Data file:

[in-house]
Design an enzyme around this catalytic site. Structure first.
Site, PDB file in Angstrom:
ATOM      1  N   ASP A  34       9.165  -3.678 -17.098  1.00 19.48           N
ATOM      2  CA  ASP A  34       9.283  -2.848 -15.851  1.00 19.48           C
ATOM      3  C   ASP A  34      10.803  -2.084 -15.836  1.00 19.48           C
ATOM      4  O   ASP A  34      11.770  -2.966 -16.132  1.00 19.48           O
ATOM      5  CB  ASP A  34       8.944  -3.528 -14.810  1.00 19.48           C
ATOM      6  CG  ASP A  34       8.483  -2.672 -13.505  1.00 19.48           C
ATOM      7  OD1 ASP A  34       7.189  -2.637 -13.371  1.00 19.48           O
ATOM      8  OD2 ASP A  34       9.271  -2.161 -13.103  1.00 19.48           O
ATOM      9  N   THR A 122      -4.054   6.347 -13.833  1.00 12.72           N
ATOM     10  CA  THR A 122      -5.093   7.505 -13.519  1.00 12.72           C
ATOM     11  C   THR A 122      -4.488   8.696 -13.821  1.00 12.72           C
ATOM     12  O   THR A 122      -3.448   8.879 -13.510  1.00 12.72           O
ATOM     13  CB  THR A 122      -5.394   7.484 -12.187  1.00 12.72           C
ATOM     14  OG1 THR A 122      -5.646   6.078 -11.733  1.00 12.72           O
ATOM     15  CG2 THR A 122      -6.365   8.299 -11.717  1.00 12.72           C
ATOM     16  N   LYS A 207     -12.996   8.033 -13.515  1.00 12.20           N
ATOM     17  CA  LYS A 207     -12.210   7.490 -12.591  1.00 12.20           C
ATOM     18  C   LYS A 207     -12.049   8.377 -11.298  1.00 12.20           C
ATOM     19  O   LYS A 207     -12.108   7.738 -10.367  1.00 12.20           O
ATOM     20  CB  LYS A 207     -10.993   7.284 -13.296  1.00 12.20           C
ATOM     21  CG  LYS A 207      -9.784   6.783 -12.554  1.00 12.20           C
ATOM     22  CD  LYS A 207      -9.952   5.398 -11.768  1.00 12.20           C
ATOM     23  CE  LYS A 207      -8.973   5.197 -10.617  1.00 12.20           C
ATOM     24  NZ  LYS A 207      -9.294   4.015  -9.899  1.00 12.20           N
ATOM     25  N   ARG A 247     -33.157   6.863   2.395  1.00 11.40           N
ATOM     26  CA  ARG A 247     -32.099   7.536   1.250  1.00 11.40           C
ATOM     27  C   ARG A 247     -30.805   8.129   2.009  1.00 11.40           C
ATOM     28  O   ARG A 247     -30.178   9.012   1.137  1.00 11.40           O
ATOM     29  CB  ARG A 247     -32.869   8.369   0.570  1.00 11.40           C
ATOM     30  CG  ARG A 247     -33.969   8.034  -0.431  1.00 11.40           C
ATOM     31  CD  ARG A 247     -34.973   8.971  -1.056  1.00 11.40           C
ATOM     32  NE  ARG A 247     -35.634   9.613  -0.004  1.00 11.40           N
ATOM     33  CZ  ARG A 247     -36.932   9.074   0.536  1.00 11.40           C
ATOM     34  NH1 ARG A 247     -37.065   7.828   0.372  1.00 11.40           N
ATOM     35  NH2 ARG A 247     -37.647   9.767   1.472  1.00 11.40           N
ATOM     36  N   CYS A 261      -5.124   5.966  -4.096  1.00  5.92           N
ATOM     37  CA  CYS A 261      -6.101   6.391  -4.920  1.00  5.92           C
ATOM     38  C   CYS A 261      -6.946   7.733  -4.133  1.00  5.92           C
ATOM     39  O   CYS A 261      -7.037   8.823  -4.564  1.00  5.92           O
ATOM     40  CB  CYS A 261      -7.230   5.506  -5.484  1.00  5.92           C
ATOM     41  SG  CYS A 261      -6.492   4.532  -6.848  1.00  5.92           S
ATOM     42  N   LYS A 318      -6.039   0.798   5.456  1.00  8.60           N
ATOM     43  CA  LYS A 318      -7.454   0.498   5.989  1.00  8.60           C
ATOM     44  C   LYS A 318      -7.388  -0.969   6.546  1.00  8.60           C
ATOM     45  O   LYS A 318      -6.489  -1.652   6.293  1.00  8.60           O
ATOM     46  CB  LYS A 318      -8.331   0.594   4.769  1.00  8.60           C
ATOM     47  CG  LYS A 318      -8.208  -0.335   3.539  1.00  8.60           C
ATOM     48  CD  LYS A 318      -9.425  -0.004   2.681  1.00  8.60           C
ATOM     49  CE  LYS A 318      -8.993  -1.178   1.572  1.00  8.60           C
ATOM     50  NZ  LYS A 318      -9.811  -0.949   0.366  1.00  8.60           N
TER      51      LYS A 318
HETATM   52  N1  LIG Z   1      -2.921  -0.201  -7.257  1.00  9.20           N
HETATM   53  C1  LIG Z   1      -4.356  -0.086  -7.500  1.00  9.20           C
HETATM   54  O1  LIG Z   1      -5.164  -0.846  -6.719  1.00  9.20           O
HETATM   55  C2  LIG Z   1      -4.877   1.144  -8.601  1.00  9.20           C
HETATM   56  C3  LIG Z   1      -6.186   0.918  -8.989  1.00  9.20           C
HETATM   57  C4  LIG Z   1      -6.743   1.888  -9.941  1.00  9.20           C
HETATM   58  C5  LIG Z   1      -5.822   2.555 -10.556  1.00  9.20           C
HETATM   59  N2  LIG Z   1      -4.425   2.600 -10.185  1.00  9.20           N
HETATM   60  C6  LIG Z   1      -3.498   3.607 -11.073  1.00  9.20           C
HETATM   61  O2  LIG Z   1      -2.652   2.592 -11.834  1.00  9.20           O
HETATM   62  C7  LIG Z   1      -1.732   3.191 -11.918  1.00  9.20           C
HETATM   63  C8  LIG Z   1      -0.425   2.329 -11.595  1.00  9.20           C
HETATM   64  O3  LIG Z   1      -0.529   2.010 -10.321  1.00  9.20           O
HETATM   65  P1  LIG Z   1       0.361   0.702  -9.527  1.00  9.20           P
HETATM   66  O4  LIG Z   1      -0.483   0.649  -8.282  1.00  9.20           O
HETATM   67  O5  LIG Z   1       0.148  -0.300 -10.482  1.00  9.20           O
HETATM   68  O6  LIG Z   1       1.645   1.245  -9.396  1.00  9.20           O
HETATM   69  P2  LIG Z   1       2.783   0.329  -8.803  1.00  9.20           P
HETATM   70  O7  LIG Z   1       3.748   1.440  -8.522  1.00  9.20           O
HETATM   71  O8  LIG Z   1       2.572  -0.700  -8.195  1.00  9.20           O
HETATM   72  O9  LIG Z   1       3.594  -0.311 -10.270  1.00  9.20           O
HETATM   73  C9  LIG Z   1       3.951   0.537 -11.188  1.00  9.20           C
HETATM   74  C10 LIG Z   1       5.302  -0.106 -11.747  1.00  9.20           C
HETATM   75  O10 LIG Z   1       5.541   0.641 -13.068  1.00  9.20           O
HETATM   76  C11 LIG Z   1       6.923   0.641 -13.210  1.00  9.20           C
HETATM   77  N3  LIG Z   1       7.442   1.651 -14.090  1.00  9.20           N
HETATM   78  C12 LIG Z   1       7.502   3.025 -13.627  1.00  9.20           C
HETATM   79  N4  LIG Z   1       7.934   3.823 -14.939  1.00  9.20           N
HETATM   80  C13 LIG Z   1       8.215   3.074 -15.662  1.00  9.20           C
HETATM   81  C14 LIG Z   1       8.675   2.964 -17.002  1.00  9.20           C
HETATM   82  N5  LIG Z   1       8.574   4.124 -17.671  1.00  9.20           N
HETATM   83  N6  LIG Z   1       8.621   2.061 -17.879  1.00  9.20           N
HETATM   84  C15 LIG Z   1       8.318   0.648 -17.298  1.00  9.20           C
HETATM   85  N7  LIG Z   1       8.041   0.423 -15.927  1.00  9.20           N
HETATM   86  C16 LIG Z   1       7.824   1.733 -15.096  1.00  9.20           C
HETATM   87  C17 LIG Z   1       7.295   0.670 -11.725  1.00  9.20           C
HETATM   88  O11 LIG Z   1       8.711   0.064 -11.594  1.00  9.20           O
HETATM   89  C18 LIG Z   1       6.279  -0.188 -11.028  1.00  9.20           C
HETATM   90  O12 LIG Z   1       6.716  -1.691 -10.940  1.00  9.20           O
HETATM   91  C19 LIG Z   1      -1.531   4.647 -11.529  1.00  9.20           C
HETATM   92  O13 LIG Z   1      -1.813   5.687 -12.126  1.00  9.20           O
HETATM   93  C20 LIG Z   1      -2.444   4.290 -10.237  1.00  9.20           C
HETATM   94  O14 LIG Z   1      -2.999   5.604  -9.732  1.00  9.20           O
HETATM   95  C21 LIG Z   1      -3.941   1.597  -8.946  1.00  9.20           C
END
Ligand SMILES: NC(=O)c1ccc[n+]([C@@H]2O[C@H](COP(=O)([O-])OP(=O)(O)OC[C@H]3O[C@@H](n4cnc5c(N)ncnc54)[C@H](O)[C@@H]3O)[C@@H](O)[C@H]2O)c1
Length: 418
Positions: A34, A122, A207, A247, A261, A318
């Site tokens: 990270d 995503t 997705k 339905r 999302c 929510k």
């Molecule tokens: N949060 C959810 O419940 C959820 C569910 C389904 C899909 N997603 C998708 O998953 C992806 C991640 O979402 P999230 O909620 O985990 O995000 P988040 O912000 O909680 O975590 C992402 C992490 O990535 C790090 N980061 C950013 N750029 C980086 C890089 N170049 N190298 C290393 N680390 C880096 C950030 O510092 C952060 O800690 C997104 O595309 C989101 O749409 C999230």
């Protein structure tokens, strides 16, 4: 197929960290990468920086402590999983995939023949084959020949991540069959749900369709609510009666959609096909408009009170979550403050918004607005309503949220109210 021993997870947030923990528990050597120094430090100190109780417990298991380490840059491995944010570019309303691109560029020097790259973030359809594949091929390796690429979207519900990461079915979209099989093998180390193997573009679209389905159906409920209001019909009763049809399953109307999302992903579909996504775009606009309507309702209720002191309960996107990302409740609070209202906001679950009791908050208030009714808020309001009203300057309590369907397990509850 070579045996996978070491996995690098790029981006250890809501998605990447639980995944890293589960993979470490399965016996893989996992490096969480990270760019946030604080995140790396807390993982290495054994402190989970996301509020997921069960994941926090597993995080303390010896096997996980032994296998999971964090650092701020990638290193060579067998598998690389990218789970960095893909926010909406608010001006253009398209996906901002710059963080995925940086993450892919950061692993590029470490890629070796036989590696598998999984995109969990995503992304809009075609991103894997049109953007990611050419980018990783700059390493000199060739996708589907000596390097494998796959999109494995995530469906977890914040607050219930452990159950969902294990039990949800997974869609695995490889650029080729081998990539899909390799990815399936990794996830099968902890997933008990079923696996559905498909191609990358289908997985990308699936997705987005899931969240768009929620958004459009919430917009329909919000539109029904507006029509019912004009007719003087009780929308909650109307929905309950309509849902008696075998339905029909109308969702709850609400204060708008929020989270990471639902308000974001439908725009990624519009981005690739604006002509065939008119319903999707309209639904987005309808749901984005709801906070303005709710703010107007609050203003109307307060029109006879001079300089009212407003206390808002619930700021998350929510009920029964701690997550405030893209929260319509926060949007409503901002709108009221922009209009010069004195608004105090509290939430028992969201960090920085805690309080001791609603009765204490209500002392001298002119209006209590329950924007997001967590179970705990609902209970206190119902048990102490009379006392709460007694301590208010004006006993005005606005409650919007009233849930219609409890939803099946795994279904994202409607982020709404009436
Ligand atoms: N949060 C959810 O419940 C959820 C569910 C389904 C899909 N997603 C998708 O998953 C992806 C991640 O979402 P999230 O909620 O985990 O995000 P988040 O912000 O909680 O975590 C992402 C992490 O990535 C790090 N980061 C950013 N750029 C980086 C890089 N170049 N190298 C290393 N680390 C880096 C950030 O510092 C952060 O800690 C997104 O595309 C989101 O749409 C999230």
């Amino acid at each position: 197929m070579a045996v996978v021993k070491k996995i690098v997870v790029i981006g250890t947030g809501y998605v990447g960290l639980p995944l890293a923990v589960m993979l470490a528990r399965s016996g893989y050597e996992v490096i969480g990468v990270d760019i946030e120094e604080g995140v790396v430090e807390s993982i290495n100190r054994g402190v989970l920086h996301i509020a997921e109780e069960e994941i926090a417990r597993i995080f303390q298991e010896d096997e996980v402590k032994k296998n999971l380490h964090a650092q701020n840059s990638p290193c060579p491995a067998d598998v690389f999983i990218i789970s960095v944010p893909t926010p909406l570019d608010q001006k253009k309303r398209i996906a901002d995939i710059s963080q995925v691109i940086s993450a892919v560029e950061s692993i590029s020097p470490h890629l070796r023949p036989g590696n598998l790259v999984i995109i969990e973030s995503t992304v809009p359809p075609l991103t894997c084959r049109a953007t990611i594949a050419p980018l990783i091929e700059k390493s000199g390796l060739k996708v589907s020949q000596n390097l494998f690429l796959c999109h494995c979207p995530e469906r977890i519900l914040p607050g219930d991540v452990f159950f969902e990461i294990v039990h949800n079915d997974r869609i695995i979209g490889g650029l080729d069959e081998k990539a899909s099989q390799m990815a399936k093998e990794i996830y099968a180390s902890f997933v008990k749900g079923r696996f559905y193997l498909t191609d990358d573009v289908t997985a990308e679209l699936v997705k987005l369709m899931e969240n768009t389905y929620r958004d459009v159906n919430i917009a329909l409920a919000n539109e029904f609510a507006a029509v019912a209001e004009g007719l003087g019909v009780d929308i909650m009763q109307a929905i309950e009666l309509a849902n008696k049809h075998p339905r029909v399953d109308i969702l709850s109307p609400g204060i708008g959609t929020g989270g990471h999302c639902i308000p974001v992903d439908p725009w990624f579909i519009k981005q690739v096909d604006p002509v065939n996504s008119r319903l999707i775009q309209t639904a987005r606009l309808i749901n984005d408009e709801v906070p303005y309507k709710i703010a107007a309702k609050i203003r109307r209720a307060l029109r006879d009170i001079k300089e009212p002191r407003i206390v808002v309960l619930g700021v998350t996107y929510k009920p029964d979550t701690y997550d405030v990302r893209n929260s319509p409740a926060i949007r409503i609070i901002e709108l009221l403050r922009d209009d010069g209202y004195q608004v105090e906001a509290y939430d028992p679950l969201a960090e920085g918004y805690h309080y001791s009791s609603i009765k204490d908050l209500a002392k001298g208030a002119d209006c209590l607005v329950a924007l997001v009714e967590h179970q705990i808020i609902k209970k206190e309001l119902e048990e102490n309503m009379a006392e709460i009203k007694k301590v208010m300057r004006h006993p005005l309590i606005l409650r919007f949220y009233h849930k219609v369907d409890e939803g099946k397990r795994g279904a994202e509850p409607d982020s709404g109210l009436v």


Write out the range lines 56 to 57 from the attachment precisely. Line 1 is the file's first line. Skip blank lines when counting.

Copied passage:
HETATM   53  C1  LIG Z   1      -4.356  -0.086  -7.500  1.00  9.20           C
HETATM   54  O1  LIG Z   1      -5.164  -0.846  -6.719  1.00  9.20           O